In contrast to hereditary breast and ovarian cancer syndromes (BRCA1 and BRCA2), gynecologists and gynecologic oncologists have not played a significant role in identifying hereditary nonpolyposis colorectal cancer syndrome probands. Few studies have been performed to determine what clinical criteria should be applied to identify women with endometrial cancer as possible hereditary nonpolyposis colorectal cancer syndrome germline mutation carriers. Revised Bethesda Guidelines primarily focus on individuals with colon cancer. However, recent studies from our group and others have found that endometrial cancer in women younger than the age of 50, as well as in women younger than the age of 50 who have a first-degree relative with an hereditary nonpolyposis colorectal cancer syndrome-associated cancer, may be more appropriate screening criteria21 Although numerous studies have been conducted to determine the clinical, histologic, and molecular criteria that can be used to identify individuals with colon cancer who may have hereditary nonpolyposis colorectal cancer syndrome, very few large studies of a similar nature have been performed for individuals with endometrial cancer.
For all women with hereditary nonpolyposis colorectal cancer syndrome, early identification of a patient at the time of initial cancer diagnosis is crucial in proactively managing and reducing the patient's risk for subsequent cancers. Clinicians caring for women with endometrial cancer need to be aware that women with hereditary nonpolyposis colorectal cancer syndrome 1) are at equal or higher risk for developing endometrial cancer as colon cancer and 2) can present with endometrial cancer, ovarian cancer, or colon cancer as their initial cancer diagnosis. Recognition that a patient may have hereditary nonpolyposis colorectal cancer syndrome at their initial cancer diagnosis can be crucial to their future medical care. Future studies are necessary to determine what criteria gynecologists and gynecologic oncologists should use to triage patients for genetic counseling and testing.
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3. Fishel R, Lescoe MK, Rao MR, et al. The human mutator gene homolog MSH2 and its association with hereditary nonpolyposis colon cancer [published erratum appears in Cell 1994;77:167]. Cell 1993;75:1027–38.
4. Leach FS, Nicolaides NC, Papadopoulos N, Liu B, Jen J, Parsons R, et al. Mutations of a mutS homolog in hereditary nonpolyposis colorectal cancer. Cell 1993;75:1215–25.
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13. Lynch HT, Watson P, Lanspa SJ, Marcus J, Smyrk T, Fitzgibbons RJ Jr, et al. Natural history of colorectal cancer in hereditary nonpolyposis colorectal cancer (Lynch syndromes I and II). Dis Colon Rectum 1988;31:439–44.
14. Vasen HF, Watson P, Mecklin JP, Jass JR, Green JS, Nomizu T, et al. The epidemiology of endometrial cancer in hereditary nonpolyposis colorectal cancer. Anticancer Res 1994;14:1675–8.
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Amsterdam Criteria II8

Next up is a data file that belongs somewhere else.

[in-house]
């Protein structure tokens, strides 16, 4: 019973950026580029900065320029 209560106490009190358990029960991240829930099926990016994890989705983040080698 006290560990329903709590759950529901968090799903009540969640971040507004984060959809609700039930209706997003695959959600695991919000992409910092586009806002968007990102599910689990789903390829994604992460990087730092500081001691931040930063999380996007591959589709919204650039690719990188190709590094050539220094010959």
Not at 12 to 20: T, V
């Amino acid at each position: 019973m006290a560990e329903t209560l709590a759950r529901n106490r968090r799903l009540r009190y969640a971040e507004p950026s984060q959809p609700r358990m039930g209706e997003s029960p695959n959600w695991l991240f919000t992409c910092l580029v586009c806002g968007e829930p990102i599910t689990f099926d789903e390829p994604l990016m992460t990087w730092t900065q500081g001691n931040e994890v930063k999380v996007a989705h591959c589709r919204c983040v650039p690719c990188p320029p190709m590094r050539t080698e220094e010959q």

Patient must meet ALL of the following criteria:
* Three or more relatives with a histologically verified hereditary nonpolyposis colorectal cancer–associated cancer (colorectal cancer, cancer of the endometrium, ovary, small bowel, ureter, or renal pelvis), one of whom is a first-degree relative of the other two (familial adenomatous polyposis should be excluded); AND
* Cancers involving at least 2 generations; AND
* One or more cancer cases diagnosed before the age of 50.
The Revised Bethesda Criteria for Testing Colorectal Tumors for Microsatellite Instability9
Tumors from individuals should be tested for microsatellite instability in the following situations:
* Colorectal cancer diagnosed in a patient who is less than 50 years of age.
* Presence of synchronous, metachronous colorectal, or other hereditary nonpolyposis colorectal cancer–associated tumors, regardless of age. (Hereditary nonpolyposis colorectal cancer–related tumors include colorectal, endometrial, stomach, ovarian, pancreas, ureter and renal pelvis, biliary tract, and brain [usually glioblastoma as seen in Turcot syndrome] tumors, sebaceous gland adenomas and keratoacanthomas in Muir-Torre syndrome, and carcinoma of the small bowel.)
* Colorectal cancer with the microsatellite instability-high histology diagnosed in a patient who is less than 60 years of age. (Microsatellite instability-high in tumors refers to changes in 2 or more of the 5 National Cancer Institute–recommended panels of microsatellite markers. Histology indicated by presence of tumor-infiltrating lymphocytes, Crohn's-like lymphocytic reaction, mucinous/signet-ring differentiation, or medullary growth pattern.)
* Colorectal cancer diagnosed in one or more first-degree relatives with a hereditary nonpolyposis colorectal cancer–related tumor, with one of the cancers being diagnosed under age 50 years.
* Colorectal cancer diagnosed in 2 or more first- or second-degree relatives with hereditary nonpolyposis colorectal cancer–related tumors, regardless of age.